Don't Let Me Down: Paying Homage to a Working Class Hero
Judging by the approximately 400 biographieswhich cover the entire sinner-to-saint spectrumthere are almost as many versions of John Lennon available for public consumption as there are ways to mark the I-remember-where-I-was-when-I-heard-the-news-oh-boy moment on December 8, 1980, when a deranged fan, "inspired" by The Catcher in the Rye, assassinated the ex-Beatle in the archway of the Dakota. Perhaps a better way to remember John than by, say, dropping a tab of acid and spinning "Revolution 9" backward would be checking out the Theatre Within Workshop's 25th Annual Lennon Tribute, a benefit for homeless children. The show's creator and director, Joe Raiola, who contributed an essay to Yoko Ono's latest book, Memories of John Lennon (HarperEntertainment), promises a celebration of Lennon as "a man, a neighbor, and an artist," and an exploration of the central themes of his life: peace, love, rebellion, spirituality, and personal transformation. Acts include singer-songwriters Jen Chapin (Harry's daughter), Cliff Eberhardt, and Anais Mitchell; the Wendy Osserman Dance Company; and dramatic performances "in the spirit of John" by members of the Theatre Within Workshop.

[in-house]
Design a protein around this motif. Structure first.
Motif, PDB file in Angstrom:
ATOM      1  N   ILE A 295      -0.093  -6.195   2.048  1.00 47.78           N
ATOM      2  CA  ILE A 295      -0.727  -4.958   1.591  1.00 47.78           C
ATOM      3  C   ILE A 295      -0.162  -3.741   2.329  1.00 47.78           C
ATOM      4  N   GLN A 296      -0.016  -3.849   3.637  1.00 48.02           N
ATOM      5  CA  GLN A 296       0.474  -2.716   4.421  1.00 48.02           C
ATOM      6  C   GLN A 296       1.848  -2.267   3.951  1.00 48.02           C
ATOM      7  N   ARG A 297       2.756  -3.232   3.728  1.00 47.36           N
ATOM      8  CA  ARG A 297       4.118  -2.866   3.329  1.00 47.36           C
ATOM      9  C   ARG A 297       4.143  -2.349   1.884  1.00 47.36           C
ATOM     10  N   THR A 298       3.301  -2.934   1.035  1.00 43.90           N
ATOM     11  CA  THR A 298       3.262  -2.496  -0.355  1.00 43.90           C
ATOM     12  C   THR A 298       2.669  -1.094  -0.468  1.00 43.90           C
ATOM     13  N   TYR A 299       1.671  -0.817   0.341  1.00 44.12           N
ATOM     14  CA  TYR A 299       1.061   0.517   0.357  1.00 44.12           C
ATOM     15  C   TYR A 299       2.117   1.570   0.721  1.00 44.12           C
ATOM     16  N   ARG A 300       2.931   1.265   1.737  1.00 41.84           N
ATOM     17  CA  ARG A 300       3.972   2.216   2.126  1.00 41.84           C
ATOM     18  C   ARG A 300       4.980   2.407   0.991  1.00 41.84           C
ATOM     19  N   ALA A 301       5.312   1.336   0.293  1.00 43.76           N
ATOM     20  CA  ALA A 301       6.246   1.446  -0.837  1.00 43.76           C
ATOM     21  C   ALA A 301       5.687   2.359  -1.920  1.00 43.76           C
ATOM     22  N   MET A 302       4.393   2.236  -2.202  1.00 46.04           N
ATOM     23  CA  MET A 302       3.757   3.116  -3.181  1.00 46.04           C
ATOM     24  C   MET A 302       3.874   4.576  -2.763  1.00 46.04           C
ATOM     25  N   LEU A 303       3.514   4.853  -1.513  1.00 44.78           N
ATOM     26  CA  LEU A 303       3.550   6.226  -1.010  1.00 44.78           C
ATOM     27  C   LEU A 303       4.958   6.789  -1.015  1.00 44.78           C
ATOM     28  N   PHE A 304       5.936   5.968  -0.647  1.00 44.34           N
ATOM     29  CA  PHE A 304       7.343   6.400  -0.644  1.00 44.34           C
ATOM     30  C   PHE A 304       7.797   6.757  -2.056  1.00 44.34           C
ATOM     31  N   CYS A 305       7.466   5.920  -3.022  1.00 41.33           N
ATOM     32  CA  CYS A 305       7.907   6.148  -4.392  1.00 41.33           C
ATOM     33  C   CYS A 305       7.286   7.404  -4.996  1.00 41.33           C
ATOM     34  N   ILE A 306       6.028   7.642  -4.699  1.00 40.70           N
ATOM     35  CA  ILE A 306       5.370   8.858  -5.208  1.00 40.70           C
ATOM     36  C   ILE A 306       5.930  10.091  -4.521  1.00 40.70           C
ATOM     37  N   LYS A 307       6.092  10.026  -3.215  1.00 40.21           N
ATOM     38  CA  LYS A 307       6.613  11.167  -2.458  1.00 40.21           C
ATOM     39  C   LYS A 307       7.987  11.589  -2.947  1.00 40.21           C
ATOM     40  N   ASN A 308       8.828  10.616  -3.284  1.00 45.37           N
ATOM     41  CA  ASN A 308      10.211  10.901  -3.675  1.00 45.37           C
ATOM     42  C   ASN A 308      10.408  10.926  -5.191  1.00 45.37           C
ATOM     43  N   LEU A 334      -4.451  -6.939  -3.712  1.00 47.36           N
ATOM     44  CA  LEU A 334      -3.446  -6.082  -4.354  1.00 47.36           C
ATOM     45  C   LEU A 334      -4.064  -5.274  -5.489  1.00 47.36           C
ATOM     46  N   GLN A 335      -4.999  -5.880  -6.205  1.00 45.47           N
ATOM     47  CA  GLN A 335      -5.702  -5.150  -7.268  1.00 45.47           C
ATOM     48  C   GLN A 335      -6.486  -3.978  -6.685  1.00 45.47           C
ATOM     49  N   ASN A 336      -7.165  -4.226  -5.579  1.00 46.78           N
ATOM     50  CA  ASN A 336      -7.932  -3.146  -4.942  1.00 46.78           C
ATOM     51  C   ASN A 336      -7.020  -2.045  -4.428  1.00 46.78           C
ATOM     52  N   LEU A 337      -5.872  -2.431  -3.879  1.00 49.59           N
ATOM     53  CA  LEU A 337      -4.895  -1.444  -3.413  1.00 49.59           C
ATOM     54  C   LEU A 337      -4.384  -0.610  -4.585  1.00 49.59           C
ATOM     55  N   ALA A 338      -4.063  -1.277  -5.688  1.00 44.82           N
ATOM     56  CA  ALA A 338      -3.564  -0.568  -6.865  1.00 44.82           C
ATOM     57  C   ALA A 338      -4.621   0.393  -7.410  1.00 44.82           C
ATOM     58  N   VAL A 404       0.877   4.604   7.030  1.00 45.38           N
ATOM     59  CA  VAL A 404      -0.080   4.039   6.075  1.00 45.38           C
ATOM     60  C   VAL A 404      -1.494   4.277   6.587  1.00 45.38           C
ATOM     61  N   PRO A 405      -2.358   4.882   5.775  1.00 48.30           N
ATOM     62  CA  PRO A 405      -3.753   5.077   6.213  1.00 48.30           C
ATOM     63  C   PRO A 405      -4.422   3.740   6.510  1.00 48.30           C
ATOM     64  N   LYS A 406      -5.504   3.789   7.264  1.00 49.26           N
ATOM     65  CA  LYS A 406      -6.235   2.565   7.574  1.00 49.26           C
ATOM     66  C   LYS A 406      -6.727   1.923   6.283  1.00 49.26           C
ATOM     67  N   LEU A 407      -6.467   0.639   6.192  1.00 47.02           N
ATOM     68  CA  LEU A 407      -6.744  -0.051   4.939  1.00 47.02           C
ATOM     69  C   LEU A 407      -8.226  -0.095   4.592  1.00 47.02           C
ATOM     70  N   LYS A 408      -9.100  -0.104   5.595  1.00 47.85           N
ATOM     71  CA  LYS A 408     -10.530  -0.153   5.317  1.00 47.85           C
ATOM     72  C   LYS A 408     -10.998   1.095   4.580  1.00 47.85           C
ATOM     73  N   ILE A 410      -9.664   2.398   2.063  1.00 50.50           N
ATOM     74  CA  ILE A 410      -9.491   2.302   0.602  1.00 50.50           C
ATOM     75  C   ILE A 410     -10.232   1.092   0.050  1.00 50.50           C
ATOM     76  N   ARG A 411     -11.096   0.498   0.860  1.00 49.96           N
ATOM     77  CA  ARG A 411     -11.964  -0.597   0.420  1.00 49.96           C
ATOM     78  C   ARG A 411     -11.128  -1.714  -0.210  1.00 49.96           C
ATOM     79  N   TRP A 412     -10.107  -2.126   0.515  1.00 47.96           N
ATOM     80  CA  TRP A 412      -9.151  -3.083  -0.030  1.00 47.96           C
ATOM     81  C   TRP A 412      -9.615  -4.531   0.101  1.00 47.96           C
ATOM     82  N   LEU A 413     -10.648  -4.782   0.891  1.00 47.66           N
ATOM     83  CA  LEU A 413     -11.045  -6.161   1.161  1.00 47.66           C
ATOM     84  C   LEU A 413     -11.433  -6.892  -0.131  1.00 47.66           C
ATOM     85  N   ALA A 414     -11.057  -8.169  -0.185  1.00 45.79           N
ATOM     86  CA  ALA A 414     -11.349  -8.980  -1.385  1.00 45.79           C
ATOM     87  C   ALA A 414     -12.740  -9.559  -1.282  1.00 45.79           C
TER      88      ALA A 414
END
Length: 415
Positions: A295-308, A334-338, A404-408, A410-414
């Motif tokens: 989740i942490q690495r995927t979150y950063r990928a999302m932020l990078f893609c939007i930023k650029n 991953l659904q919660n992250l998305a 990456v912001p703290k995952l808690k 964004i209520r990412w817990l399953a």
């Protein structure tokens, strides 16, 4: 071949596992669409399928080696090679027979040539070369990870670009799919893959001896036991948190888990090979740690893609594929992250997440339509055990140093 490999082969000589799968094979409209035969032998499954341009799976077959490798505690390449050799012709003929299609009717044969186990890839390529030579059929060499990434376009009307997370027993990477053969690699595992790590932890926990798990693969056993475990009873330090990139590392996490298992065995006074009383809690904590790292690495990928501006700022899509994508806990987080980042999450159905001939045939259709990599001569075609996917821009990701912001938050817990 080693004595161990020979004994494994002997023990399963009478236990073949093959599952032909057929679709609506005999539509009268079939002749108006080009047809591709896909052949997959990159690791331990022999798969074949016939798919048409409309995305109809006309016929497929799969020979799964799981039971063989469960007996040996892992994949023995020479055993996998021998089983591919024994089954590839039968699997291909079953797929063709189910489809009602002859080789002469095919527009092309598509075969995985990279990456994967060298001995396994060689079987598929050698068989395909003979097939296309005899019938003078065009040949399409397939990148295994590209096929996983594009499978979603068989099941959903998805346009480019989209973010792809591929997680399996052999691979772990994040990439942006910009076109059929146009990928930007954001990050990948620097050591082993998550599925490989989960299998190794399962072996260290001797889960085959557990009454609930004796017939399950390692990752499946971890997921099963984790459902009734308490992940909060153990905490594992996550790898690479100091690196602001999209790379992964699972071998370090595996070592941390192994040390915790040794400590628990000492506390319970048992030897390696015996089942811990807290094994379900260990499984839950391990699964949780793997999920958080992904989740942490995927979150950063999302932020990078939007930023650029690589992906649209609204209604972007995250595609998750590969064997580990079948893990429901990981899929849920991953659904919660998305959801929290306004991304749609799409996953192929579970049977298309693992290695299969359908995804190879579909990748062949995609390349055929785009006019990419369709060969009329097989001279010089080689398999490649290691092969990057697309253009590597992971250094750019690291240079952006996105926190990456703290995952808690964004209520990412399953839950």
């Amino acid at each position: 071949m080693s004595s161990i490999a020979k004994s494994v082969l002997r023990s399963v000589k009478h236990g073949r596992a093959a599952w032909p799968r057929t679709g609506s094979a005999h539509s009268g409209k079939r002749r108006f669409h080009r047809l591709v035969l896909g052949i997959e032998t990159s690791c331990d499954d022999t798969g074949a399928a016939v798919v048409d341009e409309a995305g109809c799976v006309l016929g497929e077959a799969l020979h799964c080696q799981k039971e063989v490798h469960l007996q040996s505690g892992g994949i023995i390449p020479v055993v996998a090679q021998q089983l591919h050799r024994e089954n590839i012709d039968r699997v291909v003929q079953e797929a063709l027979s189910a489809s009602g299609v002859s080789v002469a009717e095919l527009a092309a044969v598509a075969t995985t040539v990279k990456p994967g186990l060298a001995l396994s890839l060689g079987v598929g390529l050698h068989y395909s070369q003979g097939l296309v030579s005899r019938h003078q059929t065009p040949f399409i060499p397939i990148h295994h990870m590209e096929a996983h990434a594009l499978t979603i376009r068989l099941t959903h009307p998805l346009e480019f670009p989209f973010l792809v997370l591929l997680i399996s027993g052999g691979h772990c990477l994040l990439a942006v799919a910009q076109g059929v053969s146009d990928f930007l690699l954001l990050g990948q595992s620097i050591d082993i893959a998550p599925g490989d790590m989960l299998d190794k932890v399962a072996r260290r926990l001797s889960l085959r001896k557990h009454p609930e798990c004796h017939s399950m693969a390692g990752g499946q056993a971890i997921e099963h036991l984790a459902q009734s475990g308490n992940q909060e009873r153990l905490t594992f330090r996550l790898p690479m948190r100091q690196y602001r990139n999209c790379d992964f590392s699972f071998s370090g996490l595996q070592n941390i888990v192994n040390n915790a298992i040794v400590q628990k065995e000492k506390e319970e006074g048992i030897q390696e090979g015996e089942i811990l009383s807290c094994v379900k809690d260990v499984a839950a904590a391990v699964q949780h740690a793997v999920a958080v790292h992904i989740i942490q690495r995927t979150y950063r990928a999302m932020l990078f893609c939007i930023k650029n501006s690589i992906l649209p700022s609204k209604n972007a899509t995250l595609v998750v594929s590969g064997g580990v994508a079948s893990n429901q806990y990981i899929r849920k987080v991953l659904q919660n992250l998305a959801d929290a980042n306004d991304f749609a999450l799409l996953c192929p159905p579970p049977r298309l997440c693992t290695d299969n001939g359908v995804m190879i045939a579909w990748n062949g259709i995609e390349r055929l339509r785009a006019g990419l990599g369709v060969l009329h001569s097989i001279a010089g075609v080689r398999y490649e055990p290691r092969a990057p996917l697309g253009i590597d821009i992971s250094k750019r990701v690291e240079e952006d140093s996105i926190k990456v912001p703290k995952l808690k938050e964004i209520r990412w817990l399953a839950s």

Get the This Week's Top Stories Newsletter
Every week we collect the latest news, music and arts stories — along with film and food reviews and the best things to do this week — so that you’ll never miss Village Voice's biggest stories.